'To stop violence from occurring on South Yorkshire streets we need to be informed about the causes of crime'

A South Yorkshire police chief says poverty, poor housing and a lack of education can all lead young people into a life of crime.

Friday, 17th January 2020, 4:00 pm

The South Yorkshire Violence Reduction Unit is a new public health approach to tackling crime. It investigates the causes, aims to intervene with youngsters who are at risk and helps those already in the criminal justice system make a clean start.

The county was one of 18 areas identified by the Home Office based on the number of people arriving at A&E with knife injuries and received £1.6m funding.

The unit, which combines police officers with public health experts, ultimately wants to reduce homicides, hospital admissions and violent crime such as robberies.

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South Yorkshire Police attend an incident in Sheffield

Supt Lee Berry told a council meeting: “Prevention is better than cure so we need to stop violence from occurring and that’s based on good data to help us be informed about not only where things are happening but why.

“There is intervention to prevent crimes from happening. We are looking at not only where the violence is occurring but what the cause is and taking that back layer by layer and truly understanding what is driving violent crime.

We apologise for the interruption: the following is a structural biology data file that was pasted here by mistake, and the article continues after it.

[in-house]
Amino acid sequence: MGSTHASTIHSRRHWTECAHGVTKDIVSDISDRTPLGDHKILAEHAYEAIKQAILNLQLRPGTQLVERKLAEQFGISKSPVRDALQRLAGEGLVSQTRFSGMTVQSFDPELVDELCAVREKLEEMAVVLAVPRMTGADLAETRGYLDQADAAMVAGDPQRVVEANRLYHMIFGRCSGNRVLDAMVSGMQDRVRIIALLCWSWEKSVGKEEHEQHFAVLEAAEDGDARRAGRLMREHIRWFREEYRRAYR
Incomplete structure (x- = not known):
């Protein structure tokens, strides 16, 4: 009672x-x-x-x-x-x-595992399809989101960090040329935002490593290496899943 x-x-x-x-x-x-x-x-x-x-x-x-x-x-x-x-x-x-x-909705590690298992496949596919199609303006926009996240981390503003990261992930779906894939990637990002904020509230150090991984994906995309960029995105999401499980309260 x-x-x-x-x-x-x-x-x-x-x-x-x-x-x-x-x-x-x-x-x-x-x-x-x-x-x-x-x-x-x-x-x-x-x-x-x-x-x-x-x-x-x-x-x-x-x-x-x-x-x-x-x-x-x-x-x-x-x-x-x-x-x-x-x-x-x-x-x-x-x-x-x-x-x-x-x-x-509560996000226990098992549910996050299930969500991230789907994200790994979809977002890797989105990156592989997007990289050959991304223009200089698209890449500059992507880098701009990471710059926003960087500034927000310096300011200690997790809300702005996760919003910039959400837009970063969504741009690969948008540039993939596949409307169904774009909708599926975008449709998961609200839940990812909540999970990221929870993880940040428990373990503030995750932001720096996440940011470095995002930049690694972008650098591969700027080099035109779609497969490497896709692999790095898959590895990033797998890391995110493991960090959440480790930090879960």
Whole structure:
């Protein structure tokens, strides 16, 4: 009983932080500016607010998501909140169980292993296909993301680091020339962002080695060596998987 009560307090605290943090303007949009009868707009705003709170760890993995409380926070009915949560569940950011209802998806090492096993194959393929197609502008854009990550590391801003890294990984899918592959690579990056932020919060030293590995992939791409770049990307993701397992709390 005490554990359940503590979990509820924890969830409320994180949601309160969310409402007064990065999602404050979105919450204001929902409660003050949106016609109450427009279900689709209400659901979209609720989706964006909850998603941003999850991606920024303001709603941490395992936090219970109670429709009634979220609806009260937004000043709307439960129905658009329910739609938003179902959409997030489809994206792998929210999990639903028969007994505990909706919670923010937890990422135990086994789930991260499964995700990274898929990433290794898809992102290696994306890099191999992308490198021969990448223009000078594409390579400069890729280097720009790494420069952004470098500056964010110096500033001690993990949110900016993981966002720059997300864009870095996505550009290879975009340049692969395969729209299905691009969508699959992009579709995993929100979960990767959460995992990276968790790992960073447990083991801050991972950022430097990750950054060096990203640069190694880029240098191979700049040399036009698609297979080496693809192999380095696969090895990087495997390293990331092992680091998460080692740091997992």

“It’s about reducing inequalities and poverty, we’re looking at poor housing and poor education and particularly with young people, it’s adverse childhood experiences or trauma. We know that’s feeding or leading young people into a path of violence.

“We are also taking people away who are caught up in crime and helping them make positive life choices to break the cycle they’re caught up in.”

The Home Office said at least 20 per cent of the funding must be spent on interventions but South Yorkshire is spending half its budget on 21 schemes.

Supt Berry explained: “We are putting youth workers into communities at key times when we know looked-after children are missing on a regular basis.

“We know they are vulnerable to exploitation and we are working with young people to prevent that from taking place.”

Eight projects have also received funding to support their work in communities.